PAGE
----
WIP: First Draft Update



I decided to go with the flow like I talked about in my last post and I’ve gotten nowhere with my WIP.  Something isn’t working with this story. I find myself constantly starting over and I’m sick of it.

My work in progress is a rambling mess, and, yes, I know what you’re thinking: But Jen, your first draft is supposed to be a mess. You’ll fix it in the rewrite. Yeah, maybe. Or I just might be wasting my time. Who the hell knows. The one thing I’m certain of is that my current WIP is page upon page of events happening but no real story.

I thought about signing up for NaNoWriMo and starting again, banging out another 50K words this month, but it would be just another 50K words of random shit happening with no real reason as to why, so I decided to go a different route.

Recently, I bought a copy of Story Genius by Lisa Cron. I promised myself that I wouldn’t buy another writing how-to book until I finished my first draft. I love books on writing, but most of the time they end up becoming just another form of procrastination rather than a useful craft tool.

According to the back cover copy of Story Genius, this book “takes you step-by-step from the first glimmer of an idea to an expansive, multilayered cause-and-effect blueprint–including fully realized scenes.” So instead of participating in NaNo this month, I’ll be working my way through this book.

Hopefully, by the end of the month I will know more about the story behind all the events happening in my current WIP and maybe finally complete this first draft.

Camp NaNoWriMo: Final Results

Camp NaNoWriMo Final Results #amwriting

Camp NaNoWriMo ended yesterday and my final tally was 28.25 hours, and even though I didn’t reach my goal of 50 hours, I got a lot of work done.

At the beginning of the month, I created a spread sheet to keep track of my progress. I found that out of the 31 days of Camp, I had only worked on my project 20 of those days. I was surprised. I didn’t work on my novel for 11 days!!! Think of the progress I could have made.

Oh well. I’m not going to beat myself up over it. Some days I had no time to devote to writing and other days I was just lazy. What can I say…I’m human.

Overall it was a good experience. I’m back in the habit of writing on a regular basis and the story is always fresh in my mind.

The final result of Camp NaNoWriMo is that it’s left me even more determined to keep going until I write “The End” and finally finish my first novel.

Camp NaNoWriMo: Day 11


It’s day eleven and progress is slow going still.  By day seven, I knew I wasn’t going to reach my word count goal.  That’s when I realized something important–word count goals just don’t work for me.  Instead of following the advice of the eight gazillion books and blog posts on writing that I’ve read over the years, I’ve decided to try things my way.  I’m going to shoot for hours spent writing rather than number of words written.  My new goal is 50 hours of writing.  As of this writing, I’ve accomplished just under eight hours, so I’m still behind.  Over the weekend I hope to play a little catch up by putting in as many hours as possible. Wish me luck.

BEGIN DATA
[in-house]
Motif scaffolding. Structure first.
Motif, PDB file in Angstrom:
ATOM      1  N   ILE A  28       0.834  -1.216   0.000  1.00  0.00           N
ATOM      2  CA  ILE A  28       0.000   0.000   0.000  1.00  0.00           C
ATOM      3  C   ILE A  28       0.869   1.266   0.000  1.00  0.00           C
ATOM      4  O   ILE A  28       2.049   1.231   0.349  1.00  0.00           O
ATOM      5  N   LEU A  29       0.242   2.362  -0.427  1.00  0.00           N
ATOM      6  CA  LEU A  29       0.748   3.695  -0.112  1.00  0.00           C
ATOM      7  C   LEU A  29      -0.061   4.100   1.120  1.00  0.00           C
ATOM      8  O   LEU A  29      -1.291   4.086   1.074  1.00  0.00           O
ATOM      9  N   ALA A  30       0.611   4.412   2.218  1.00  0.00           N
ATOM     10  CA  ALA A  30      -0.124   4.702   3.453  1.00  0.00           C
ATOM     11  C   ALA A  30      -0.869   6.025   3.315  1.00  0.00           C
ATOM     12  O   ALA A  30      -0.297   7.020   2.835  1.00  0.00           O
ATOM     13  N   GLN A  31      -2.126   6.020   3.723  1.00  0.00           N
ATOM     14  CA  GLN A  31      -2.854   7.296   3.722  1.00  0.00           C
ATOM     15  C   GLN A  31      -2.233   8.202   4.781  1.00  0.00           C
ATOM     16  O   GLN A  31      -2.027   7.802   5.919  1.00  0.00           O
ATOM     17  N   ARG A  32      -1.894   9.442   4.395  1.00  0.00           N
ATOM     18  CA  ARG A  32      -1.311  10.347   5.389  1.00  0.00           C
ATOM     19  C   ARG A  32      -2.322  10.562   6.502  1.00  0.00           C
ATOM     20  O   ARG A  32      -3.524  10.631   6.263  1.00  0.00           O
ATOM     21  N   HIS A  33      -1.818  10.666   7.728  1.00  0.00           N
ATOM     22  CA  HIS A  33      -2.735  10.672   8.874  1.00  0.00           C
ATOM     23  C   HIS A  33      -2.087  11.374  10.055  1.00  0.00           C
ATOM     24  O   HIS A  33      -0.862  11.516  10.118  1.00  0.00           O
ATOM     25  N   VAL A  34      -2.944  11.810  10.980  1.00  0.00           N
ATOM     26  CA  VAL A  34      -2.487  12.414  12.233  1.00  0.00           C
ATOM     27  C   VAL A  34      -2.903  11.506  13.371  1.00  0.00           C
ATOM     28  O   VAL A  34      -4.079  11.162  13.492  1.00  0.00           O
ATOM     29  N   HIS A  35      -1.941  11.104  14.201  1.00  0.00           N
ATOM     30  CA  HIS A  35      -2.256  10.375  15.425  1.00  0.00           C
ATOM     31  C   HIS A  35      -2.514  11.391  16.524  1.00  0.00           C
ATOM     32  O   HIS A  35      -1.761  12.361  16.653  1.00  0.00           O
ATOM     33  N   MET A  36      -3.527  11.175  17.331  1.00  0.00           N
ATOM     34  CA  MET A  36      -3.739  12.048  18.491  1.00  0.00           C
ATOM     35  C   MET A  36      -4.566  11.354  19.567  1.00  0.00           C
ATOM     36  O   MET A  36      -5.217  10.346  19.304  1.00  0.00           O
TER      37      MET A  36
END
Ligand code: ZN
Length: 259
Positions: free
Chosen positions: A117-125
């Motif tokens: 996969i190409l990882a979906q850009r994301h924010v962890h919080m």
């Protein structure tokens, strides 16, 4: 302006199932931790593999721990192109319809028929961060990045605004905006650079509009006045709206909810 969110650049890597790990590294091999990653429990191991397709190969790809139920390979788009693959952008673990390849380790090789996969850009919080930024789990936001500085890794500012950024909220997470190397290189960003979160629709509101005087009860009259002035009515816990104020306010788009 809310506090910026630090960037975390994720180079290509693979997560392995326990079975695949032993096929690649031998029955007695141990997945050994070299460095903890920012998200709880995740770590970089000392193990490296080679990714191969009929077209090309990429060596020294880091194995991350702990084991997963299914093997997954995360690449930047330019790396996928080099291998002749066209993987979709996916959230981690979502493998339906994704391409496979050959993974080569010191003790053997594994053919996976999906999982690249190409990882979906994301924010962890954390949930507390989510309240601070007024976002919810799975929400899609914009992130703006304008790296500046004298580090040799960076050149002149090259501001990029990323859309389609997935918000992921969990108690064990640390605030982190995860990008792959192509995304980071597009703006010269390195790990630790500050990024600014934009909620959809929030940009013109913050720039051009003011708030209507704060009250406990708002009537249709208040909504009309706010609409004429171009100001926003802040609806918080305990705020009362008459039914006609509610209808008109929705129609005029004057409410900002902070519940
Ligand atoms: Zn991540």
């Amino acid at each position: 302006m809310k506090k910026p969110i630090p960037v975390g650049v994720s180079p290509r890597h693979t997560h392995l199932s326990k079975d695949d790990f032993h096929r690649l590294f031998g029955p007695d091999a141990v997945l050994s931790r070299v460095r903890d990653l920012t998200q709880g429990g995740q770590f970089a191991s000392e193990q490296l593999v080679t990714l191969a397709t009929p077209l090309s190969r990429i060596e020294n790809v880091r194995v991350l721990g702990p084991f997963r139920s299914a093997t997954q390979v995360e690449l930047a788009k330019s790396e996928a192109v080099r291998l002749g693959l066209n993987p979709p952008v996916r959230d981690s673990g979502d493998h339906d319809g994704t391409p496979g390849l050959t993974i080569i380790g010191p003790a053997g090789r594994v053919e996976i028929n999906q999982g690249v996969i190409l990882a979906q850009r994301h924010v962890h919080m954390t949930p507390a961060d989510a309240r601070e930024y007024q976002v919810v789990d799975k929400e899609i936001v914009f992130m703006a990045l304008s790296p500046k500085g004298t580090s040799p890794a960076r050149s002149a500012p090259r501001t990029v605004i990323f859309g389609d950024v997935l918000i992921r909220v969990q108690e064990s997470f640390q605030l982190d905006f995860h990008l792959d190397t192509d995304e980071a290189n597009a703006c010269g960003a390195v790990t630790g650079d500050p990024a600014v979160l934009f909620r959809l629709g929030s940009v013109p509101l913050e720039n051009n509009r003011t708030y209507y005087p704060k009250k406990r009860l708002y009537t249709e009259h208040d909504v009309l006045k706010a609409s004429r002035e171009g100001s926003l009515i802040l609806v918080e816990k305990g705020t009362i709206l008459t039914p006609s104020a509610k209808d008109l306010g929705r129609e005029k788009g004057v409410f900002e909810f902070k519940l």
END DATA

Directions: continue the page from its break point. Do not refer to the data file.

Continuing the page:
How To Write a Novel-Part 2: Character

pensive by _Zhang

image by _Zhang via Flickr

After spending the past week brainstorming ideas for my estranged sister story, I’ve hit a wall. I’ve come up with some possible ideas for this novel but nothing concrete. I need to know more about the characters. Who are they? What do they look like? What’s their backstory?

Knowing more about the characters will help me figure out the point of this story.

Character development is probably my favorite part of the story writing process. I usually start with figuring out the basics: General appearance, how old they are at the time of the story, occupation, marital status, do they have children, and who are the other family members.

After I have the basic character information, I’ll then write a biography starting from childhood and covering any major events that have happened up until the starting point of the story. These are usually three to five pages long, sometimes longer depending on the complexity of the character, where I let my mind wander and let the character tell their life story. The biography is where I learn the following details about my character:

  • What their life was like growing up – chaotic, idyllic, impoverished, etc.
  • Events that have influenced their choices in life.
  • Their relationships with others.
  • Their fears.
  • Their flaws.
  • Their secrets.
  • Their dreams.
  • Their disappointments in life.

It’s important to know what makes your characters tick. The biographical details you discover help to create believable and relatable characters. They also help with the plotting process. As you develop your story people, you’ll uncover what their goals are, both external and internal. This in turn helps you figure out what motivates them and what possible obstacles you can throw at them during the course of your story.

True-to-life characters have emotional baggage, and creating a character biography helps pinpoint what those issues are. That baggage will be a source of conflict, and conflict is what makes the story interesting. It keeps readers turning the page and coming back for more. And, as with most writers, keeping the reader engaged is my ultimate goal.

What methods do you use to develop your characters? Are you like me and try to figure them out during the planning process, or do you learn about them as you’re writing the story?